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P33 Standardising concentrations for licensed liquids- can we achieve consensus?
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  1. Andrew Wignell1,
  2. Andrea Gill2,
  3. Stephen Tomlin3,
  4. Emma Kirk4,
  5. Nanna Christiansen5
  1. 1Nottingham University Hospitals NHS Trust
  2. 2Alder Hey Children’s NHS Foundation Trust, Liverpool
  3. 3Great Ormond Street Hospital, London
  4. 4NHS Specialist Pharmacy Service
  5. 5Evelina Children’s Hospital, London

Abstract

Aim Multiple concentrations exist for several licensed oral liquids. For example, two concentrations exist for clobazam (1 mg/mL, 2 mg/mL) and omeprazole (2 mg/mL, 4 mg/mL); and four for propranolol (1 mg/mL, 2 mg/mL, 8 mg/mL, 10 mg/mL).1 Existence of multiple concentrations can lead to dosing errors, including ten-fold overdoses leading to hospital admission.2 3

The Neonatal and Paediatric Pharmacists Group and the Royal College of Paediatrics and Child Health recommend standard concentrations for some unlicensed liquids,4 but no recommendation exists for licensed products.

Although much use of oral liquid medicine is in children, there is also use in adults. Most hospital and community pharmacies dispense for both children and adults, and so for the safety benefits of standardisation to be fully realised, consensus is needed across all specialties and patient groups. This project aimed to capture views of staff working in a range of sectors, both on the general concept of standardisation and on specific proposed standard concentrations.

Method An on-line survey, built using SmartSurvey®, was distributed to the NHS England (NHSE) Medicines Safety Officer (MSO) Network. MSOs were asked to engage with relevant specialists in their organisations prior to responding, gauging views on standardisation generally and seeking consensus on proposed standard concentrations for six drugs available as licensed liquid products.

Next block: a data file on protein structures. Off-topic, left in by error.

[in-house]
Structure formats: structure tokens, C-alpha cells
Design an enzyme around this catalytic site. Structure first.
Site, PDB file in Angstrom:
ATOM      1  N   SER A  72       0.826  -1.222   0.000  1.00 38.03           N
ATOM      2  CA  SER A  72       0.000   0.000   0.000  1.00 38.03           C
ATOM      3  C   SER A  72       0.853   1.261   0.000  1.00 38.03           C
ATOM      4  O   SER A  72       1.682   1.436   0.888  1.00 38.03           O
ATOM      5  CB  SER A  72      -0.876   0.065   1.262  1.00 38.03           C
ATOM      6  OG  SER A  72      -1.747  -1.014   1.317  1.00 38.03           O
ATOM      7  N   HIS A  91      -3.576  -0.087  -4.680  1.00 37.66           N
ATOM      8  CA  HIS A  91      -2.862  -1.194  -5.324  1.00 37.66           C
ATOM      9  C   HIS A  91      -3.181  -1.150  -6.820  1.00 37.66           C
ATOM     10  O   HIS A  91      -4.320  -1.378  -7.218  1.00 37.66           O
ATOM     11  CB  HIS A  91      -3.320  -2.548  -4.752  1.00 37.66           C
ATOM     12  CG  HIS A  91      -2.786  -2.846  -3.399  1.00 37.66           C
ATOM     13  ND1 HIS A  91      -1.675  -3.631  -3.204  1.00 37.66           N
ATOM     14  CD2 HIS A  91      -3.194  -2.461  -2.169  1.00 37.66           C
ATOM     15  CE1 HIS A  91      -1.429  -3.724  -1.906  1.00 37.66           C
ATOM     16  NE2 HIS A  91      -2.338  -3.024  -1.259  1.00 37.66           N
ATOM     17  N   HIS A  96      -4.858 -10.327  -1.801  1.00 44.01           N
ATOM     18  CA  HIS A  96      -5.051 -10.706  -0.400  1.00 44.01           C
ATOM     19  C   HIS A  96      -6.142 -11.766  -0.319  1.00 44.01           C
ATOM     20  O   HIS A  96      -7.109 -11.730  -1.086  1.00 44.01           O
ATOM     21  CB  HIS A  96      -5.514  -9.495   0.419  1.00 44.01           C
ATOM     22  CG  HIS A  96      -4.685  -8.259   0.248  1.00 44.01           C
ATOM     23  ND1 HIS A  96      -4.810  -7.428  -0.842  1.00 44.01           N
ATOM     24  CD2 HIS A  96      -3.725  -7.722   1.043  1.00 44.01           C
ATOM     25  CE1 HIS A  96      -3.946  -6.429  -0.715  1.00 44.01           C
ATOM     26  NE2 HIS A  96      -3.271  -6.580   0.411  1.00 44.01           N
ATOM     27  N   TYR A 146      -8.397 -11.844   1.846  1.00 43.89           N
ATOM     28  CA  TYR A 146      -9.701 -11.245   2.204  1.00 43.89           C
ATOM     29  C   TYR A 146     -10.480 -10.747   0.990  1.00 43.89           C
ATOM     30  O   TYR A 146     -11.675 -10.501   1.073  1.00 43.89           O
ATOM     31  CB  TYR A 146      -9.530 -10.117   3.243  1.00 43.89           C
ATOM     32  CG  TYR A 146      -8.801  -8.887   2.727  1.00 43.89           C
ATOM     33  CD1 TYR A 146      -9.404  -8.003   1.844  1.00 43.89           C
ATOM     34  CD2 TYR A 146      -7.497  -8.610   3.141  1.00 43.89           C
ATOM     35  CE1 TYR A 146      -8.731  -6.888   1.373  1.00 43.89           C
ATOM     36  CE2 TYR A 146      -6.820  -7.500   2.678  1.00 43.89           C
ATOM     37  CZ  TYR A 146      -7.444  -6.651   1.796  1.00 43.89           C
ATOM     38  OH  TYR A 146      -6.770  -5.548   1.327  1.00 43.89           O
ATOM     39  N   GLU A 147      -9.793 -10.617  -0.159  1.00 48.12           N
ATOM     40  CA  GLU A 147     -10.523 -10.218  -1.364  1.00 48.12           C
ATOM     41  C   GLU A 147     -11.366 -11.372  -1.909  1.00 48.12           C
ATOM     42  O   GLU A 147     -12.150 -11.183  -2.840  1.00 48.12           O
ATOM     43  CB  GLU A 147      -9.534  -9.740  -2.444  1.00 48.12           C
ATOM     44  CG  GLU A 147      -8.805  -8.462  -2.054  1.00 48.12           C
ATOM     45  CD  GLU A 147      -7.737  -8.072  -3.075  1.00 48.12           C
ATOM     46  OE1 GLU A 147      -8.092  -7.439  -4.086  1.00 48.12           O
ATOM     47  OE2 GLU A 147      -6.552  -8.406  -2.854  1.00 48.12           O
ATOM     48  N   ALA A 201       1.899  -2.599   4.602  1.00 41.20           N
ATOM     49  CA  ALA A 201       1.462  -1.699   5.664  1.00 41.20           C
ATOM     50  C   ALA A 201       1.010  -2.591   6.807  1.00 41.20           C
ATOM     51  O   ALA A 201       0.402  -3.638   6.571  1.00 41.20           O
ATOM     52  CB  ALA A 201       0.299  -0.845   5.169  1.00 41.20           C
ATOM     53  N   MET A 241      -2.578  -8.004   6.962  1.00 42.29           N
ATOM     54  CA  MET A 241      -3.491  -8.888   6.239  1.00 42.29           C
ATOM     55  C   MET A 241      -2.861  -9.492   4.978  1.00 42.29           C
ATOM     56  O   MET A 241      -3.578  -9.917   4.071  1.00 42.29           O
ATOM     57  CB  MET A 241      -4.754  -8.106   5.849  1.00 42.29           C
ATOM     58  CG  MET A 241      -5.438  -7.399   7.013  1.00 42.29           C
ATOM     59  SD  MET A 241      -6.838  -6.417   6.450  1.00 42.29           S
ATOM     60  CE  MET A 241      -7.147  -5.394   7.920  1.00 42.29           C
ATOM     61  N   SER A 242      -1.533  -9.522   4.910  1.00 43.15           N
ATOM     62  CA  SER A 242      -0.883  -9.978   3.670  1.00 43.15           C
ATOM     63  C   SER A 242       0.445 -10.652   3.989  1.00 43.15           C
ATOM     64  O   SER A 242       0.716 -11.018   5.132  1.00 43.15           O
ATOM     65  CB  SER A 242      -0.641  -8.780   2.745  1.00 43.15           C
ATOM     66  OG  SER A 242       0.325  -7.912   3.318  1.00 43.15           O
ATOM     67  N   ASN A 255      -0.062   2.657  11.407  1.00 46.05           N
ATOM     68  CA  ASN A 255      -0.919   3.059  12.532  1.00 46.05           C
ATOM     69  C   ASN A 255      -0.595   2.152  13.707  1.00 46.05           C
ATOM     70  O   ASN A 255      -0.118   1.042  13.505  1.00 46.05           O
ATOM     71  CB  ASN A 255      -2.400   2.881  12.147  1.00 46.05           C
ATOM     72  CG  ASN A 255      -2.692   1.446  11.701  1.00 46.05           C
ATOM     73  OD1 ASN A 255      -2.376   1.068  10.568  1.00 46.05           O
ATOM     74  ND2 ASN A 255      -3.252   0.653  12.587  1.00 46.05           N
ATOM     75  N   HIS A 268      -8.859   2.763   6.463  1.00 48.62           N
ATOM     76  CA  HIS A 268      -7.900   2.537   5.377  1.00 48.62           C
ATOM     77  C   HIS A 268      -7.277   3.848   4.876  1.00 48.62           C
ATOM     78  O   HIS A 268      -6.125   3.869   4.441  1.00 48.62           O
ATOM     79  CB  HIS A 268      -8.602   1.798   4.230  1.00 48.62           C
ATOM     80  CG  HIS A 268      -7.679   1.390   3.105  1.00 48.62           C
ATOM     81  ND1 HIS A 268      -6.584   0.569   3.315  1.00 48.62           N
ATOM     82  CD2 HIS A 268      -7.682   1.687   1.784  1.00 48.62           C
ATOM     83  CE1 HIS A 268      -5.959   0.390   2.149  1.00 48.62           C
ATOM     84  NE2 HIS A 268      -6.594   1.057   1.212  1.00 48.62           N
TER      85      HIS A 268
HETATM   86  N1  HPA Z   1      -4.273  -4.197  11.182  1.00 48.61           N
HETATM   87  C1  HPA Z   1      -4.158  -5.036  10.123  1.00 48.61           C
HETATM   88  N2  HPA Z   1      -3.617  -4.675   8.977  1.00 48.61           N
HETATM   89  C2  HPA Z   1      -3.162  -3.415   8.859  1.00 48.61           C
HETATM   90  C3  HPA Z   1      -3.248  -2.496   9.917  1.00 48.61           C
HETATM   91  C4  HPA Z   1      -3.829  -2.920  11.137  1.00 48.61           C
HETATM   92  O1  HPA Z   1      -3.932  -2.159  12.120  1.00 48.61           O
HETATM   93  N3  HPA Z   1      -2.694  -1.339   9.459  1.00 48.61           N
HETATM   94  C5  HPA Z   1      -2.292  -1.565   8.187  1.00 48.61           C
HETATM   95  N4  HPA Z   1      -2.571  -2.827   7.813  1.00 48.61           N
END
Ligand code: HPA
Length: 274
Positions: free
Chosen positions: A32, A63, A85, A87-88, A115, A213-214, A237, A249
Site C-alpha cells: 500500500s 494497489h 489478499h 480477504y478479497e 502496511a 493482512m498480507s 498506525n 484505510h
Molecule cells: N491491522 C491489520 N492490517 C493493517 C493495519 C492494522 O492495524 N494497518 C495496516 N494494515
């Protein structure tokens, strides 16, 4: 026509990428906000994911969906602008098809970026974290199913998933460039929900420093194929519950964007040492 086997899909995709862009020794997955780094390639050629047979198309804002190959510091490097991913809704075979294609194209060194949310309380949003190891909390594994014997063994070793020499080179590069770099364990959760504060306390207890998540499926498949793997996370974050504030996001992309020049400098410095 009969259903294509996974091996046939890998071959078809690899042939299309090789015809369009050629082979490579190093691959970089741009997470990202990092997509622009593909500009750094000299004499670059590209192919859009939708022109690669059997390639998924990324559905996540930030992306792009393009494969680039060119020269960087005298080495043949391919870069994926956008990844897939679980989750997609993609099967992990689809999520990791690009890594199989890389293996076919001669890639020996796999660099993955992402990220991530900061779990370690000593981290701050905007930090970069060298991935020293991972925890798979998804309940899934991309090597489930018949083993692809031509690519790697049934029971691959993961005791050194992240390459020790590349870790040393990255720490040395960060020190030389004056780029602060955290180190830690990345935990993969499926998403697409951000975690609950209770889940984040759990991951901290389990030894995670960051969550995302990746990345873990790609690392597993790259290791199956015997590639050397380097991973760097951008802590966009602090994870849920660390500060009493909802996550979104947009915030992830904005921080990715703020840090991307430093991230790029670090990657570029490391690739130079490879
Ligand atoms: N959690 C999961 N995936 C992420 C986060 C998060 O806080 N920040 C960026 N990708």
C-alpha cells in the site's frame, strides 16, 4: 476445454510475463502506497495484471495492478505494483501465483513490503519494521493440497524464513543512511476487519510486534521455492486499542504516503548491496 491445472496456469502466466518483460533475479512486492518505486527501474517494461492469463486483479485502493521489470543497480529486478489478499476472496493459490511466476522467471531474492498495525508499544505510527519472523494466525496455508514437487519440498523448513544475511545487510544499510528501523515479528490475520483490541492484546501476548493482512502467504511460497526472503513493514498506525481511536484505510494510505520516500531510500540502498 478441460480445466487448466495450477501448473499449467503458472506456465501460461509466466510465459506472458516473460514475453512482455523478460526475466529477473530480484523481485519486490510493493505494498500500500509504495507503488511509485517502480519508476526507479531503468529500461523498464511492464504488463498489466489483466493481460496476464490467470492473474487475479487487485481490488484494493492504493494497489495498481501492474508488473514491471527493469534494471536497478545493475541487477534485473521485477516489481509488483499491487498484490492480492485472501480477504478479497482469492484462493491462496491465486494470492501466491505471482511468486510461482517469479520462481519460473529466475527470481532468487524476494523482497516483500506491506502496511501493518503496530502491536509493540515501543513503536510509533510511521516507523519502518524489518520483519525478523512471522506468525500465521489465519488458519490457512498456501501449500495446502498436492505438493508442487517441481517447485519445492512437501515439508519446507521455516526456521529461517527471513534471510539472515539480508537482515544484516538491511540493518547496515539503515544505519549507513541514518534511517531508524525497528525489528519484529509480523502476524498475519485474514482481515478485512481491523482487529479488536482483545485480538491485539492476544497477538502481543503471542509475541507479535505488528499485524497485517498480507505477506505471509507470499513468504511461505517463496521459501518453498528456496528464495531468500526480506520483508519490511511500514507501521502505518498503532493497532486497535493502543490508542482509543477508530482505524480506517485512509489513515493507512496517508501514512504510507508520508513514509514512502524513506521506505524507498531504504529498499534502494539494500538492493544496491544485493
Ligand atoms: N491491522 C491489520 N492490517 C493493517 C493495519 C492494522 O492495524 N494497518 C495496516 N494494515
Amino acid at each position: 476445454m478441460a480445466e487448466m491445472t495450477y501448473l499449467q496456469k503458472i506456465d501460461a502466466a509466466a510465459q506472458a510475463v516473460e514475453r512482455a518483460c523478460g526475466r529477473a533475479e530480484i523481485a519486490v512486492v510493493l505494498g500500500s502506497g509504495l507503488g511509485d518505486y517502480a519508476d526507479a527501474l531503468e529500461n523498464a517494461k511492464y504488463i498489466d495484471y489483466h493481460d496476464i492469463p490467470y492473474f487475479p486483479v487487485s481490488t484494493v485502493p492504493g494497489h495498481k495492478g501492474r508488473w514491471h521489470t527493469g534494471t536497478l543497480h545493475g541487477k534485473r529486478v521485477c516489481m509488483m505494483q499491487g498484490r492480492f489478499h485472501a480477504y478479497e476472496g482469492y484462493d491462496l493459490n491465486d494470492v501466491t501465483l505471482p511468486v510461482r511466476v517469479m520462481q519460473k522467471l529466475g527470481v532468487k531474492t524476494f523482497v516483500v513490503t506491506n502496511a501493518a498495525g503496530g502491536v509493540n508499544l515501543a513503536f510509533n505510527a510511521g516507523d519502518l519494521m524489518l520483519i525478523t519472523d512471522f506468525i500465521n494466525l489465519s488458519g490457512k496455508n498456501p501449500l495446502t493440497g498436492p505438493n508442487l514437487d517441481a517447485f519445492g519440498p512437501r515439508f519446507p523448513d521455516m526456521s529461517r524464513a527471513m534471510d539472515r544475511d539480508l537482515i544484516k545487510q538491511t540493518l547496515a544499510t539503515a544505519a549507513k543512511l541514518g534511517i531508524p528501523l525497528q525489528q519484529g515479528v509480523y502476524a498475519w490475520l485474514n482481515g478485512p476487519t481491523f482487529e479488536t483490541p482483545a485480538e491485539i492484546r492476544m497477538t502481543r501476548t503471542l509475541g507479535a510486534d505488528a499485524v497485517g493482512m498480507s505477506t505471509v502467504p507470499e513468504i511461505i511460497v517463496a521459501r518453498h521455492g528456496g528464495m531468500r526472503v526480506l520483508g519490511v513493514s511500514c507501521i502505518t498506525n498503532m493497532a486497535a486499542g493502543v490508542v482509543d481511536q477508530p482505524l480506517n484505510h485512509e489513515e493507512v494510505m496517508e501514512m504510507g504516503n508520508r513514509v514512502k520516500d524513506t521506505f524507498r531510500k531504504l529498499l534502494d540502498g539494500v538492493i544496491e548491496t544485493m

Results 51 responses were received, a response rate of 13% from the 400-member MSO network. 94% of respondents supported the concept of standardisation. The need to consider excipients; balance needs of premature neonates and adults; work across boundaries; and use of electronic prescribing systems to influence choices were identified as requirements for achieving standardisation. Potential barriers to standardisation include increased risk of medicines shortages if fewer concentrations are available; increased risk when transitioning patients between concentrations; decreased ability to make formulary choices to limit expenditure; patient reluctance to change; and a considerable amount of staff time required to safely support switching.

Relatively strong consensus was achieved for four drugs: Clobazam 10 mg/5 mL (85%), Hydrocortisone 5 mg/5 mL (85%), Omeprazole 20 mg/5 mL (87%) and Oxybutynin 5 mg/5 mL (91%). For clobazam, two respondents suggested that 5 mg/5 mL may be preferable to reduce confusion between ‘mL’ and ‘mg’. Ease of measuring a 10 mg dose with a 5 mL spoon and lower acquisition cost were given as reasons for preferring Omeprazole 10 mg/5 mL; conversely lower sodium benzoate (excipient) exposure when treating neonates was cited as a reason for favouring 20 mg/5 mL.

Lower consensus was achieved for Propranolol 40 mg/5 mL (67%) and Furosemide 40 mg/5 mL (65%). Most concern was expressed by centres with established use of 50 mg/5 mL for both drugs. Reasons for preferring 50 mg/5 mL include smaller dose volumes, ‘easier calculations’, making dose volumes the same as with spironolactone, and lower excipient exposure. However, whilst 50 mg/5 mL may be more widely used in hospitals, it was noted that 40 mg/5 mL is probably more commonly available in community pharmacies.

Conclusions Although not without challenges, the principle of standardisation is widely supported. Some drugs will be easier to standardise than others; furosemide and propranolol are likely to be more challenging. For standardisation to become a reality, a centrally led approach involving stakeholders from all healthcare sectors is needed.

References

  1. Joint Formulary Committee. British National Formulary for Children (Online). London: BMJ Group and Pharmaceutical Press. Available from: http://www.medicinescomplete.com (Accessed 16 December 2022).

  2. General Pharmaceutical Council (2021). Patient safety spotlight: the risks of prescribing and supplying medicines to children. https://www.pharmacyregulation.org/regulate/article/patient-safety-spotlight-risks-prescribing-and-supplying-medicines-children (Accessed 16 December 2022).

  3. Renwick CE, Makhecha S, Till J, et al. Case series: propranolol liquid in the treatment of tachyarrhythmias in neonates and infants: potential for errors. Cardiology in the Young 2022;33:482–484.

  4. Using Standardised Concentrations of Liquid Medicines in Children. Neonatal and Paediatric Pharmacists Group and Royal College of Paediatrics and Child Health. Available from http://nppg.org.uk/standardised-strengths-of-liquid-medicines-for-children/ (Accessed 16/12/2022).

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